The Senn by Eastwood Model One

Econo Stunner
The Senn by Eastwood Model One
Price: $679 (list)

In 2015, Jeff Senn introduced his retro vintage-inspired Senn Model One (VG, April ’16). Thanks to popular demand, Senn has partnered with Eastwood Guitars to introduce an import version.

The Senn by Eastwood Model One has a basswood body, maple neck with 22-fret rosewood fingerboard, 24.75″ scale length, 11116” nut width, and a Jazzmaster-style vibrato with a roller bridge. Electronics consist of humbucker-sized single-coils, along with a three-way rotary pickup selector switch and single Volume and Tone controls.

Much like the original Senn Model One, this new iteration is easy to play thanks to its well-conceived hardware and setup, as well as a comfortable ’60s-style/C-shaped neck. Fit and finish are exemplary, and the Metallic Red version tested, with complementary white accoutrements and large chrome-plated vibrato system, make it a real retro stunner.

Plugged into a ’65 Deluxe Reverb, the guitar’s single-coil tones were pleasing. What look like standard humbuckers are actually Eastwood’s own vintage-inspired Airline single-coils in humbucker-sized housings. This gives numerous replacement options if a player later decides to customize the guitar. But why would they when these offer big single-coil tones – the neck with Strat leanings, the bridge with a very non-strident Tele-like sound. The Jazzmaster-inspired vibrato is very nice for gentle wobbling. Thanks to the setup and roller bridge it stayed in tune quite well. The result is an incredibly versatile instrument, with clear pickups that sound just as fantastic with overdrive or fuzz as they do clean.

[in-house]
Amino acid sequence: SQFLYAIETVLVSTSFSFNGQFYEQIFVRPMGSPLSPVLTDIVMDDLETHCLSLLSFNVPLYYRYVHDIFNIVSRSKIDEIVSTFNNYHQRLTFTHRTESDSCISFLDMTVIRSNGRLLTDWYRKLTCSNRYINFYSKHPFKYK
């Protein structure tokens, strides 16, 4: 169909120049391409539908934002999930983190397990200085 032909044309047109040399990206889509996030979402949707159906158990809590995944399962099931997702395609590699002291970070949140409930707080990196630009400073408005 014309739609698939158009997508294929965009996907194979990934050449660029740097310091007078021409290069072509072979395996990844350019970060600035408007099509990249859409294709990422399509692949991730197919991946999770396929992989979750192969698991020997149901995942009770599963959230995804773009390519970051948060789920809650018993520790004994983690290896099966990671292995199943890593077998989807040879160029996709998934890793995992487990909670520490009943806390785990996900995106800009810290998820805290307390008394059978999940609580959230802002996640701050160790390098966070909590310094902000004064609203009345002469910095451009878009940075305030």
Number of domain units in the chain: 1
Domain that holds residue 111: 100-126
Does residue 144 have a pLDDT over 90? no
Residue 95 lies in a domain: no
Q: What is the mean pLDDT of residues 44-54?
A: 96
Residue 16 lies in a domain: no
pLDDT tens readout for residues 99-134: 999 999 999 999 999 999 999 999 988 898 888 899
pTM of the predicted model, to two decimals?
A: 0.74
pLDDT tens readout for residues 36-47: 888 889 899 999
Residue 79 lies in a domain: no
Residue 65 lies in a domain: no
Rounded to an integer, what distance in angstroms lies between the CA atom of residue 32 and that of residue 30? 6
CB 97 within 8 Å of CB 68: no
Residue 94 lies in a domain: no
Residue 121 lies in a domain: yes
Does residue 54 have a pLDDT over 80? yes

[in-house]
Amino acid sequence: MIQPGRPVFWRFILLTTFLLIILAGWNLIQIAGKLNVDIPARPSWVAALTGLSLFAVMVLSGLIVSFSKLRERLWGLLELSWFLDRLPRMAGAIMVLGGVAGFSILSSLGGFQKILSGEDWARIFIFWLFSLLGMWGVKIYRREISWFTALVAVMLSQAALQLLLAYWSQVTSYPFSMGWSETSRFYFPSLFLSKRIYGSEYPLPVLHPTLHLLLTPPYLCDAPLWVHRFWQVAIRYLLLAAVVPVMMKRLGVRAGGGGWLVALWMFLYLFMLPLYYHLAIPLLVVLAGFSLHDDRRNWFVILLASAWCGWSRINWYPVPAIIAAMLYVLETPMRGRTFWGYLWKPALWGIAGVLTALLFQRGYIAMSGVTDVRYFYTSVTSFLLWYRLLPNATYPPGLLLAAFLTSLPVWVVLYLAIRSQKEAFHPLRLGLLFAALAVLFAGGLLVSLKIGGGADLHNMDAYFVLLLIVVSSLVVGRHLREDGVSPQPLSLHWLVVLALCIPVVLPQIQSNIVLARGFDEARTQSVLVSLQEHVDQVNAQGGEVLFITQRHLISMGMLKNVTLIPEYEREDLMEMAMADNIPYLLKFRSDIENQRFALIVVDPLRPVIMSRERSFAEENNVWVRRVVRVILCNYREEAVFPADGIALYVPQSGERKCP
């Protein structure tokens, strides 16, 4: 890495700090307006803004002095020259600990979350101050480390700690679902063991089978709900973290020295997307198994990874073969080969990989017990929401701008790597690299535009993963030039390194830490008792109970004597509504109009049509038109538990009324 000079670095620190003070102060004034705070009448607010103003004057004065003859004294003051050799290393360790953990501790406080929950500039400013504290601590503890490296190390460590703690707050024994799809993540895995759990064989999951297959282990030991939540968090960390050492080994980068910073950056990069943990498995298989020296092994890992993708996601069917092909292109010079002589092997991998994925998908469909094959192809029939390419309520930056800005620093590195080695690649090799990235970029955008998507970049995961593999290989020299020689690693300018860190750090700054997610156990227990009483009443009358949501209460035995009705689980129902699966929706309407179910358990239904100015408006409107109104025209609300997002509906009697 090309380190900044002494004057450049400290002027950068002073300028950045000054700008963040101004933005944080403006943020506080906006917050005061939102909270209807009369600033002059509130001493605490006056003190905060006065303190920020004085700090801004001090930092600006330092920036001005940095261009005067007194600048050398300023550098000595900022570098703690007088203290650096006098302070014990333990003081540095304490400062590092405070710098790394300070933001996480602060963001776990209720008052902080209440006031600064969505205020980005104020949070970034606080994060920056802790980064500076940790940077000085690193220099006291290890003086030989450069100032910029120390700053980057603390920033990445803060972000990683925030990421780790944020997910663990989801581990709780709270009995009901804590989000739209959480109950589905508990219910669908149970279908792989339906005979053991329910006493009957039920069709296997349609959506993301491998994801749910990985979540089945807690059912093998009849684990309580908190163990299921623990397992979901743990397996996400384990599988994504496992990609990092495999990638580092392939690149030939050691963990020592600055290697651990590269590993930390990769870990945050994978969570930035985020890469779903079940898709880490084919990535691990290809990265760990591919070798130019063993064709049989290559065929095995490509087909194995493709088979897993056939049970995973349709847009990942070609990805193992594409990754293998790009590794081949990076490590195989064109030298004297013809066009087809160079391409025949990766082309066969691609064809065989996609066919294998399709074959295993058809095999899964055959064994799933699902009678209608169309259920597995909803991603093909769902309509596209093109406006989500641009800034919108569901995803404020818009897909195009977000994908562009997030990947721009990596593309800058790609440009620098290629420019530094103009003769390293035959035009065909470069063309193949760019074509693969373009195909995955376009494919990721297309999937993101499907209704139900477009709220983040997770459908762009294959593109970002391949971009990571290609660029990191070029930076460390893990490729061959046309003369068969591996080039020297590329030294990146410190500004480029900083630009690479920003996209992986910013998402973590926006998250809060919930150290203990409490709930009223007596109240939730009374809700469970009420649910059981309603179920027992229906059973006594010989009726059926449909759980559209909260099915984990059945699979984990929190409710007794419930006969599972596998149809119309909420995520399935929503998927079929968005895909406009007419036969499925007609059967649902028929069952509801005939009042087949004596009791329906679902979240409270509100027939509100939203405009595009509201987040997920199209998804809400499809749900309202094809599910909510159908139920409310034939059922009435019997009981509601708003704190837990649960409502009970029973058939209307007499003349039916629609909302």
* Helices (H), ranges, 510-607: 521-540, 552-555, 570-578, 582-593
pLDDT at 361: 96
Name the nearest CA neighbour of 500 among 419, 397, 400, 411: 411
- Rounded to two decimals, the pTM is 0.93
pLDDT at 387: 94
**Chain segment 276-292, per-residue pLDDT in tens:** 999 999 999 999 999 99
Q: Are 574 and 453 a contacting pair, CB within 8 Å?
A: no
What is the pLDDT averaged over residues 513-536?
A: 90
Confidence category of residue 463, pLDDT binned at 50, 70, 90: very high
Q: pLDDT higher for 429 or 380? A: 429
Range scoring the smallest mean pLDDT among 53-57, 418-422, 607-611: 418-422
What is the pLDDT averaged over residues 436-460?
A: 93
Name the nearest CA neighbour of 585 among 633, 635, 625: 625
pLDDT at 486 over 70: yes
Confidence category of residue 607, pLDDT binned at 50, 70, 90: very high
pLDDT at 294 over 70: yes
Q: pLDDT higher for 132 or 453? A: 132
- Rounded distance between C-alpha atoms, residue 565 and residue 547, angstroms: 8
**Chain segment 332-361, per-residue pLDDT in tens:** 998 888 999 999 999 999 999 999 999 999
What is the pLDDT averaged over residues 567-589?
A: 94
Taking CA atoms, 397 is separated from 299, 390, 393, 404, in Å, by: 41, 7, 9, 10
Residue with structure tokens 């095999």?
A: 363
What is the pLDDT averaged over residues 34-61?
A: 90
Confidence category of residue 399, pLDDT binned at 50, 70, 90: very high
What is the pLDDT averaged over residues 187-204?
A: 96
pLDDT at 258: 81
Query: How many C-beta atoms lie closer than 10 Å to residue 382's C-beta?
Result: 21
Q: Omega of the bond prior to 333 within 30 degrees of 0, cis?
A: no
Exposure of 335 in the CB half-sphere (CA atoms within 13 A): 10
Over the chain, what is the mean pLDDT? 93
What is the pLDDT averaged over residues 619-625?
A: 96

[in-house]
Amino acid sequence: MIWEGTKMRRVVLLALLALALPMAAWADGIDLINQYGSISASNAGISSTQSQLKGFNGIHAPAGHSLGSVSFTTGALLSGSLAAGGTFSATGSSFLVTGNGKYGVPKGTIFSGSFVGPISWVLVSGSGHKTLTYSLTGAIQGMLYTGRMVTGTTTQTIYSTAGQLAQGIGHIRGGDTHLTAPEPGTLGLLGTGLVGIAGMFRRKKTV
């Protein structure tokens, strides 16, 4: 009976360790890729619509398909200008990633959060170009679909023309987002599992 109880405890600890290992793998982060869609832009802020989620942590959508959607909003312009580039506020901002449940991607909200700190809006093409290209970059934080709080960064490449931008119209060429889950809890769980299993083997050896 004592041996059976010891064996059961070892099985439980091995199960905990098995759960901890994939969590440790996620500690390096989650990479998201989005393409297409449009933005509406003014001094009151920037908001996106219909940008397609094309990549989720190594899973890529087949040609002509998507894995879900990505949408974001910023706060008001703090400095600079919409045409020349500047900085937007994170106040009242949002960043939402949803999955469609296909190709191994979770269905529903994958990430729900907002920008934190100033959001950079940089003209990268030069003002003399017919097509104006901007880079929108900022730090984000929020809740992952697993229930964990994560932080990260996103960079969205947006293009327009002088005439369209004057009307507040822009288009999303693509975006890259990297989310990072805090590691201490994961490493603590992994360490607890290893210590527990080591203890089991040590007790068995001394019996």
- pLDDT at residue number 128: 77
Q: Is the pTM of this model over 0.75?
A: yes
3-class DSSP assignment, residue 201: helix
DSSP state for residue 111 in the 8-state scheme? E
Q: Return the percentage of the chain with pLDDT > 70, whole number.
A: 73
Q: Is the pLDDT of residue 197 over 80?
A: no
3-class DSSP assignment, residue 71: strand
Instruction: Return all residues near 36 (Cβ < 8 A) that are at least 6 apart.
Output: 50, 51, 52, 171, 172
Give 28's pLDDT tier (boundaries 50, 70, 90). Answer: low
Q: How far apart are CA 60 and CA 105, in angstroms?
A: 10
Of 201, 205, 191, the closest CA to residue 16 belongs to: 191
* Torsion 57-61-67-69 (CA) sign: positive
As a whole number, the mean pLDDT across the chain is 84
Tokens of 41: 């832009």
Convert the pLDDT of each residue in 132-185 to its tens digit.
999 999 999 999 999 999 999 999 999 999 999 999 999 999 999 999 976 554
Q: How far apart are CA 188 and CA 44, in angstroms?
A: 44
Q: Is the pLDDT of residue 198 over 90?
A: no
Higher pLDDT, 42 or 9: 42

With its tones and smooth trem, the Eastwood iteration of the Senn Model One is sure to catch your ears. Your eyes will be drawn to the guitar’s Jetson-like retro/modern stylings while your hands will covet its thoughtful features and stellar playability.

The Senn by Eastwood Model One is a wonderfully unique-looking instrument with a great feel and at a price that’s easy to like.

This article originally appeared in VG May 2017 issue. All copyrights are by the author and Vintage Guitar magazine. Unauthorized replication or use is strictly prohibited.

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